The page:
Having a growth mindset is believing we can always improve or do better if we take the time to learn from our mistakes and persevere through hardships. This mindset is the bedrock for grit. Without the belief that consistent effort will create positive outcomes, grit completely falls apart. 


Here are a few ways you can encourage your child as you work to establish a growth mindset in their minds and in your family’s culture.

  • Praise effort over outcome. Even if your child is successful in completing a task or overcoming a challenging situation, fight the urge to praise their talent or celebrate the outcome. Instead, praise them for the effort they put in. 
  • Teach positive self-talk. Self-talk that’s full of “I can’t” and “what’s the point” keeps a growth mindset from taking route. If you hear your child saying these things, gently offer solutions like, “I can’t yet” and “one day I’ll get this.” 
  • Setting achievable challenges to build confidence. Git and growth mindset are marathons, not sprints. Help set informal, everyday goals with your child that are just outside of their comfort zone and skill set. Quick wins (especially for kids under the age of 5) are important as you implement the basics of grit.

Find Grit Everywhere

Even as adults, we can look at other people and assume they’ve always been incredible at what they do. That singer could always sing, that athlete was always the best, and that astronaut was born with a spacesuit on.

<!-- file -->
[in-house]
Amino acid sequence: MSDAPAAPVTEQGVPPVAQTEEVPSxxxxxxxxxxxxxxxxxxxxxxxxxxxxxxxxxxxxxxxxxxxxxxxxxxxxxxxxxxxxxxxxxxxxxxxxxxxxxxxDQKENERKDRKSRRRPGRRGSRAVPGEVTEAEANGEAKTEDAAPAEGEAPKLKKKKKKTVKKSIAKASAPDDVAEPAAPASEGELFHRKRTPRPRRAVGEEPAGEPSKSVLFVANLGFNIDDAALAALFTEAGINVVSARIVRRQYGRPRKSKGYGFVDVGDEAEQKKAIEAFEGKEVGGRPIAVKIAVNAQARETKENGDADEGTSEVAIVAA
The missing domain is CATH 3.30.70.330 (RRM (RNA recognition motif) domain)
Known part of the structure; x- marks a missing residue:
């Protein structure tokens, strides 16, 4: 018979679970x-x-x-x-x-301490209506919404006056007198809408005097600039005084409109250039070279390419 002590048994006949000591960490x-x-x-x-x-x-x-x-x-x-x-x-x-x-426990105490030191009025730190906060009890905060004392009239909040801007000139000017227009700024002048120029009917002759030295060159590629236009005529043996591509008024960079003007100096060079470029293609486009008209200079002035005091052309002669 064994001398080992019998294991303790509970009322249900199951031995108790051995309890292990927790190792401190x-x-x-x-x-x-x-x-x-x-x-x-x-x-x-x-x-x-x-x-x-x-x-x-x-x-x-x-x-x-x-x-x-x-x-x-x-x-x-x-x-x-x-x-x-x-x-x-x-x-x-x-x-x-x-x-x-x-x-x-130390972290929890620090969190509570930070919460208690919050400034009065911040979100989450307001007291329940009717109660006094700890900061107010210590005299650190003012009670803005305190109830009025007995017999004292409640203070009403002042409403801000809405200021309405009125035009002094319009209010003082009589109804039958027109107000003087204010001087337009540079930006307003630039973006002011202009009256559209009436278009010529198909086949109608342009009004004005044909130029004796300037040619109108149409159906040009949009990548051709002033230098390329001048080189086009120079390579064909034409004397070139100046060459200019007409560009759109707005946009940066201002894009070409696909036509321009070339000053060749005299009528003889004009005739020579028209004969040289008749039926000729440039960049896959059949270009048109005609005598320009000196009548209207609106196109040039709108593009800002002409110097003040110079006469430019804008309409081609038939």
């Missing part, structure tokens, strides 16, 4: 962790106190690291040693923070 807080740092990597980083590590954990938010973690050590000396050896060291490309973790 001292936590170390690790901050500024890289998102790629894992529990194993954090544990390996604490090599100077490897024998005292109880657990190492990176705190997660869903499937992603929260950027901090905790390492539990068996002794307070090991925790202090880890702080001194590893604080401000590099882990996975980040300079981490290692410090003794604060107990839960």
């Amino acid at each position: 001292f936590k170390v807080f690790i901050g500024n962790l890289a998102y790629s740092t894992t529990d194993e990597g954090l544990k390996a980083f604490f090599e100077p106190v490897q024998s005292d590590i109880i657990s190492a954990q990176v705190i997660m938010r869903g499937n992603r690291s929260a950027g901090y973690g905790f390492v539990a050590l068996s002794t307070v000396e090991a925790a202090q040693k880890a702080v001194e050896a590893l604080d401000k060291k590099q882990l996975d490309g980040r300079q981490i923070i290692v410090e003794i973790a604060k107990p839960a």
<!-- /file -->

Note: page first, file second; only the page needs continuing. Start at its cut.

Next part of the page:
The truth is that they all started at the bottom. How they got to the top had a lot to do with how much grit they had.

For kids, the idea that they have a say in what they achieve in life may never have entered their mind. Every once in a while, take a few minutes to tell them stories of real people who made a big difference just because they never gave up.

  • Micahel Jordan was cut from his high school basketball team. He went on to be one of the most legendary basketball players of all time.
  • Walt Disney’s first animation company went bankrupt. 
  • Albert Einstein struggled in school.
  • Dr. Seuss had his first book rejected by 27 different publishers.
  • Ed Sheeran played music on city streets as a young teenager.

And those are just a handful of millions and millions of examples you could use. In fact, there’s one particular person whose story of gritty they’d be most interested in …

Parent with Grit 

Like so many of the concepts we share on this blog, grit starts with mom and dad. Share stories of how you had to push through and persevere when things got hard. Talk about how it made you feel before, during, and after your challenge. Inspire them with the knowledge that someone they know and love chose to walk the long road when it mattered, even when it was uncomfortable and hard.

Establishing grit in a toddler or preschooler may seem daunting, but don’t try to accomplish too much too fast. Remember, this is a long-term goal with long-term benefits. What you’re doing today is setting a foundation for them to build on later. The results may not seem evident at first, but the work you do today matters tomorrow!